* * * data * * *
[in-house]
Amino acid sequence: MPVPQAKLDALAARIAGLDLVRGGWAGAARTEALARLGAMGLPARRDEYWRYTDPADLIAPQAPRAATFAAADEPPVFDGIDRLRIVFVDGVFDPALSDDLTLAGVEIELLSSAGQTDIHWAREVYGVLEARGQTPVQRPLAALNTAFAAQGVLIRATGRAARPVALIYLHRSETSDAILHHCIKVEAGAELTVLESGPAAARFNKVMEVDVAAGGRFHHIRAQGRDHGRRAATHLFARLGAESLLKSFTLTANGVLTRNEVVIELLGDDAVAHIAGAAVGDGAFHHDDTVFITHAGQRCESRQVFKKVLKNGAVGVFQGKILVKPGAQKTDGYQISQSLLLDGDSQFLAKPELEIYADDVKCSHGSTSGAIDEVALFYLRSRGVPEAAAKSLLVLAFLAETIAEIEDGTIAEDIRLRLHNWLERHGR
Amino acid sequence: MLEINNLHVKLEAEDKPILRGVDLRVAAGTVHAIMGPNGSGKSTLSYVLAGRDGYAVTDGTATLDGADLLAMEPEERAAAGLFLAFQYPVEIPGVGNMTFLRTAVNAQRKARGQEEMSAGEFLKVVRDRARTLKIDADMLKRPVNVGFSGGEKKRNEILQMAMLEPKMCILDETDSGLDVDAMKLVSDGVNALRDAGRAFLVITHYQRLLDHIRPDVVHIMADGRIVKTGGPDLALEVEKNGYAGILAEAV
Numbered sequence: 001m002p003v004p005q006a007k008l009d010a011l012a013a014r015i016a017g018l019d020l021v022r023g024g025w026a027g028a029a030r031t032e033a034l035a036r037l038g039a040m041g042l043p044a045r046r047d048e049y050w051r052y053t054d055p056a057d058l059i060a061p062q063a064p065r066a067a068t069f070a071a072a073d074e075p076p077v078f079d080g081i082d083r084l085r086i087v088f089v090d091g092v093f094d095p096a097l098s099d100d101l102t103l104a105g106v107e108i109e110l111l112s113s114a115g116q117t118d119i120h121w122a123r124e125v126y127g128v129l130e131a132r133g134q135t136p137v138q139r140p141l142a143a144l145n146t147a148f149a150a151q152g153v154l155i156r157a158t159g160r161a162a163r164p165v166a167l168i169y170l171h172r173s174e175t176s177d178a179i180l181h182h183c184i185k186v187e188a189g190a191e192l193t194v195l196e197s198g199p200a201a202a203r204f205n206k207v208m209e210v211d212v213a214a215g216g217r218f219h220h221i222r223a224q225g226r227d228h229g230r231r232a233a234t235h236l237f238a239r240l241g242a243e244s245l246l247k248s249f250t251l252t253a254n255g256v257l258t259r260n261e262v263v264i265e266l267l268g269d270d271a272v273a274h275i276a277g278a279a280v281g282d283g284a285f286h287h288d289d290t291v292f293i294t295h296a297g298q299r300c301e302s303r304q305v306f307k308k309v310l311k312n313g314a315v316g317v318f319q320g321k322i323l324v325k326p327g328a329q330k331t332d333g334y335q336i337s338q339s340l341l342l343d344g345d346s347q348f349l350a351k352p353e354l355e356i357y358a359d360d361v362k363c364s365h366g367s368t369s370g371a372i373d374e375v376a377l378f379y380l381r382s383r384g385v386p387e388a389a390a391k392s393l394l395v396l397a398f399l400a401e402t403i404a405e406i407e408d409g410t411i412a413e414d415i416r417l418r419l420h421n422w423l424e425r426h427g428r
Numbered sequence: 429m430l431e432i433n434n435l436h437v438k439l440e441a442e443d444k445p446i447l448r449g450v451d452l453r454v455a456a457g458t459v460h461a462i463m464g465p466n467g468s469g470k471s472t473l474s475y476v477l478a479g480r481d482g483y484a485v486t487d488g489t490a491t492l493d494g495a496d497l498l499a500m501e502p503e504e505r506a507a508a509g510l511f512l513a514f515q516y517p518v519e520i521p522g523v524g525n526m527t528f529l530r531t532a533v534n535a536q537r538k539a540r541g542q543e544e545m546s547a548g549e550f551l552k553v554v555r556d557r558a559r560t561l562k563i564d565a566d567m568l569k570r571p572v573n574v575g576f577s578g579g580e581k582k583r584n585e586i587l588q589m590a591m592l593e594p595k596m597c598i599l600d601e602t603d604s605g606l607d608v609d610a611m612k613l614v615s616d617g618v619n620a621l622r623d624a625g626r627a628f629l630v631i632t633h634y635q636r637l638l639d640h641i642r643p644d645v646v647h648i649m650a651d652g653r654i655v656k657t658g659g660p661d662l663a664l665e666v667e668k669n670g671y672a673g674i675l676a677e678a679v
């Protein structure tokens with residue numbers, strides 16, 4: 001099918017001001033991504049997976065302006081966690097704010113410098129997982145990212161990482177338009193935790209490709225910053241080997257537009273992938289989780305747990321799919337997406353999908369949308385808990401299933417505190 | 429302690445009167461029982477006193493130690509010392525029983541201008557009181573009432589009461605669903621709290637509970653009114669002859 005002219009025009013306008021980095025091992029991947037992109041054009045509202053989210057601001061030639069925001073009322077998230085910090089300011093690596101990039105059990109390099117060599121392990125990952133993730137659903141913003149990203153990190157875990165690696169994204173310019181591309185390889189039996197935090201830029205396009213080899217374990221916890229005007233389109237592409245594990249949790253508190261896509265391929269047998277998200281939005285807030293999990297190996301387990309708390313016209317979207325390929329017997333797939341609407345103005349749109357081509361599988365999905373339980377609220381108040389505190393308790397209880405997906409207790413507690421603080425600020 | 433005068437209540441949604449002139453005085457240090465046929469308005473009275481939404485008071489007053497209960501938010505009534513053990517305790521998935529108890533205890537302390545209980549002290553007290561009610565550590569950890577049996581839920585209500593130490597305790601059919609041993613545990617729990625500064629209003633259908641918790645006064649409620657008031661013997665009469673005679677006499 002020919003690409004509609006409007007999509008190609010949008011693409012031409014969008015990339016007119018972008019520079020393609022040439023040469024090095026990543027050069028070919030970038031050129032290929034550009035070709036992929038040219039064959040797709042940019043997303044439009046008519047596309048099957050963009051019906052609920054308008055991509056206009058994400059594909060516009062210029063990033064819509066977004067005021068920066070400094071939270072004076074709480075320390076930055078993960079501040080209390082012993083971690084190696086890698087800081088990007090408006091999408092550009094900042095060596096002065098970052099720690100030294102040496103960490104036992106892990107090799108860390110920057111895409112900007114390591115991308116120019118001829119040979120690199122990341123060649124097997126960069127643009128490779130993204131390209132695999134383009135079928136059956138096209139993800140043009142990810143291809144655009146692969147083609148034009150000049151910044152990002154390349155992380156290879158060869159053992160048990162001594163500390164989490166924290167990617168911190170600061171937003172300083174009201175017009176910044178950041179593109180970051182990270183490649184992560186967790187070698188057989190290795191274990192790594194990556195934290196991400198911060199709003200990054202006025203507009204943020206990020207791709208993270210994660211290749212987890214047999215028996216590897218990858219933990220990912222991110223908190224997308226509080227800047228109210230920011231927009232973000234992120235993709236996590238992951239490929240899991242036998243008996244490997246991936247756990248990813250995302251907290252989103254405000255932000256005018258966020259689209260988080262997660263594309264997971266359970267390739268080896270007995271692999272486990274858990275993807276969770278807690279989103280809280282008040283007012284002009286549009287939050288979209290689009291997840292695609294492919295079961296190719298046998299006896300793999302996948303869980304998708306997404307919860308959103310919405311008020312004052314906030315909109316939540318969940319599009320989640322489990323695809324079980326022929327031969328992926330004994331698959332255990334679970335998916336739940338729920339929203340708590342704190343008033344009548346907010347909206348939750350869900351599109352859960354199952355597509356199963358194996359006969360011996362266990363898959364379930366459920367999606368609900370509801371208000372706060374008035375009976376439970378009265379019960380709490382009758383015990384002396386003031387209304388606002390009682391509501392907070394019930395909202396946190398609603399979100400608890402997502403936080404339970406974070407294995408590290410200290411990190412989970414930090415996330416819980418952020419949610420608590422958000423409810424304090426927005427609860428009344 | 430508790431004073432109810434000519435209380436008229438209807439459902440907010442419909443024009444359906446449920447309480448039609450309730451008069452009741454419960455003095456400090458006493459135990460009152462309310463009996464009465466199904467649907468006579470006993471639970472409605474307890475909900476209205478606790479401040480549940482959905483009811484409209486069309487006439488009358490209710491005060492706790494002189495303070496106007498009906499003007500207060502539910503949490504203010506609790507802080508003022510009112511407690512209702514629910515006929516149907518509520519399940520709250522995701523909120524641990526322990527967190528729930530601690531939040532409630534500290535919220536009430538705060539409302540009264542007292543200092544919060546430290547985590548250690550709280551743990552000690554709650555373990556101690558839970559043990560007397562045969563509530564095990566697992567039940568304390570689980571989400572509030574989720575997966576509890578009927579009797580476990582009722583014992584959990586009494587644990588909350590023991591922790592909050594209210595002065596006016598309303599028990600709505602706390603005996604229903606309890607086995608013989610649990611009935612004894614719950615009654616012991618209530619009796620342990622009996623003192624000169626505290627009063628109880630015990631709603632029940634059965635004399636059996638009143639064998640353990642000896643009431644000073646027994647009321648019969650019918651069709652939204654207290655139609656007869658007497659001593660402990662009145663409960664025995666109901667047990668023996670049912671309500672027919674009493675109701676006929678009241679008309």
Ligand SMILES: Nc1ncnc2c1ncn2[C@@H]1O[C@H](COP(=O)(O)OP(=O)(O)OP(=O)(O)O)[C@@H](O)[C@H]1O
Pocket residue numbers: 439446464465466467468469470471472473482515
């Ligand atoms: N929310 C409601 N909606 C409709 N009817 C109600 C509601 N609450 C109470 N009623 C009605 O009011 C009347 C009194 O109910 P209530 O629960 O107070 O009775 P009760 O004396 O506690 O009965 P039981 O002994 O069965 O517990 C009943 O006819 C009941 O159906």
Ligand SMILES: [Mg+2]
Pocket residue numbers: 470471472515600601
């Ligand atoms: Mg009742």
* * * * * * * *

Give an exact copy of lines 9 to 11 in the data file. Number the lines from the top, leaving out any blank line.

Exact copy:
């Ligand atoms: N929310 C409601 N909606 C409709 N009817 C109600 C509601 N609450 C109470 N009623 C009605 O009011 C009347 C009194 O109910 P209530 O629960 O107070 O009775 P009760 O004396 O506690 O009965 P039981 O002994 O069965 O517990 C009943 O006819 C009941 O159906």
Ligand SMILES: [Mg+2]
Pocket residue numbers: 470471472515600601